Knight Foundation to invest $5M in research to combat misinformation

Knight Foundation to invest $5M in research to combat misinformation
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The Knight Foundation will invest $5 million in research projects aimed at addressing online misinformation with a focus on the impact on communities of color, the nonprofit organization said Wednesday. 

The investment includes a $1.5 million open call for proposals for research that “can lead to effective interventions to mitigate the effects of racialized disinformation or targeted manipulation of communities of color,” according to the Knight Foundation announcement. 

“Demand is only growing for fresh thinking about our democracy’s digital information challenges,” John Sands, Knight’s director of learning and impact, said in the announcement. “As more of our lives are lived online, independent research is increasingly needed to drive actionable insights and equitable solutions.”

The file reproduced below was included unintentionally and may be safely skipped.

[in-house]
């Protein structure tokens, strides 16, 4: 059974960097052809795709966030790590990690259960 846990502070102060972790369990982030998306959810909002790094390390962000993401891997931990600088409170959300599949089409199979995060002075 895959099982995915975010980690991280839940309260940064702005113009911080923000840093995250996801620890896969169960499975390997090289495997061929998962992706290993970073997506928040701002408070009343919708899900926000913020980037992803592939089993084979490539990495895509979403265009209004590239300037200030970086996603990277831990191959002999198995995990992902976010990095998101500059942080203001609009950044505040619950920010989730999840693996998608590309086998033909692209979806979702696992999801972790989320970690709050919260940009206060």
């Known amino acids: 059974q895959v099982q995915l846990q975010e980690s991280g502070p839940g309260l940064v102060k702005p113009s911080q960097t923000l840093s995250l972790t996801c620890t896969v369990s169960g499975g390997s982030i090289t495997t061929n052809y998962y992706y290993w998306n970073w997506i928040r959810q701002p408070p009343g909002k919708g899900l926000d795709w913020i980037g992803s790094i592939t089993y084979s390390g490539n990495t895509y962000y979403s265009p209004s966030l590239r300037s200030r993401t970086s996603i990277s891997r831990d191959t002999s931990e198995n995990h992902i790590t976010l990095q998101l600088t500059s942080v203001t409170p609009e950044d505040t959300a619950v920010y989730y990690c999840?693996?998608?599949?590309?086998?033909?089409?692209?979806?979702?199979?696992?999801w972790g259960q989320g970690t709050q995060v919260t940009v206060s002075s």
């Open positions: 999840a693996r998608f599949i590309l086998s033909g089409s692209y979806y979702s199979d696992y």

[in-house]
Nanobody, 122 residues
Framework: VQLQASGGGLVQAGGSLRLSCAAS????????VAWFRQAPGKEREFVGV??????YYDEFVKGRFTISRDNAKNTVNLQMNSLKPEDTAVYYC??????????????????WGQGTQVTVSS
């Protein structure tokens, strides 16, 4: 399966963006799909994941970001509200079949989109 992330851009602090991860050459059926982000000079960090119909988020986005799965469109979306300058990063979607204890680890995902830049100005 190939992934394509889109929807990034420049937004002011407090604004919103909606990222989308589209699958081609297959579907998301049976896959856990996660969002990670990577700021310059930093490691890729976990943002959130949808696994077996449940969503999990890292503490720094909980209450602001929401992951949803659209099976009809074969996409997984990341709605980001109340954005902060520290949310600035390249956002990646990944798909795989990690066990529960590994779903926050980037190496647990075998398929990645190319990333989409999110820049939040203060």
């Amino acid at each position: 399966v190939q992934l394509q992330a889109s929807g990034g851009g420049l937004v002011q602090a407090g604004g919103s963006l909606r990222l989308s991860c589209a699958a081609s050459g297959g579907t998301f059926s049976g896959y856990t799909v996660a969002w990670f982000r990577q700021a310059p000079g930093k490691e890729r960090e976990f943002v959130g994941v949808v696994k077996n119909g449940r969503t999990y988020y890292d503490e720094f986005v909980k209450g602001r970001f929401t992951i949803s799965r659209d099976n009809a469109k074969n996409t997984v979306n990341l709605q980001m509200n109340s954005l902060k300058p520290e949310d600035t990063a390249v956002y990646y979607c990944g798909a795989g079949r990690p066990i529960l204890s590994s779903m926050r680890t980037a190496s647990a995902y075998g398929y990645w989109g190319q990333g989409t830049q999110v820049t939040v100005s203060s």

Advocacy groups have long been warning about the dangers of the spread of disinformation on social media and its disproportionate impact on communities of color.

Progressive groups have called for greater action from social media companies to tackle misinformation, especially dangerous false information about the 2020 presidential election and the coronavirus pandemic. 

The surgeon general last week released an advisory that in part pushed tech companies to take action against misinformation about COVID-19, calling it an “urgent threat.” 

The Knight Foundation’s open call invites researchers across the country to submit ideas for projects of up to $175,000 by Sept. 15. The organization said it “especially welcomes” submissions from historically Black colleges and universities, educational institutions that serve Hispanics, Asian Americans and Pacific Islanders, ethnic media organizations and early career scholars. 

The investment also includes $2 million to support a three-year institute at Harvard’s Berkman Klein Center for Internet and Society, $1 million to support a technology policy program at the Joint Center for Political and Economic Studies and $1 million to support technology policy research at the policy hackers fellowship at the Lincoln Network.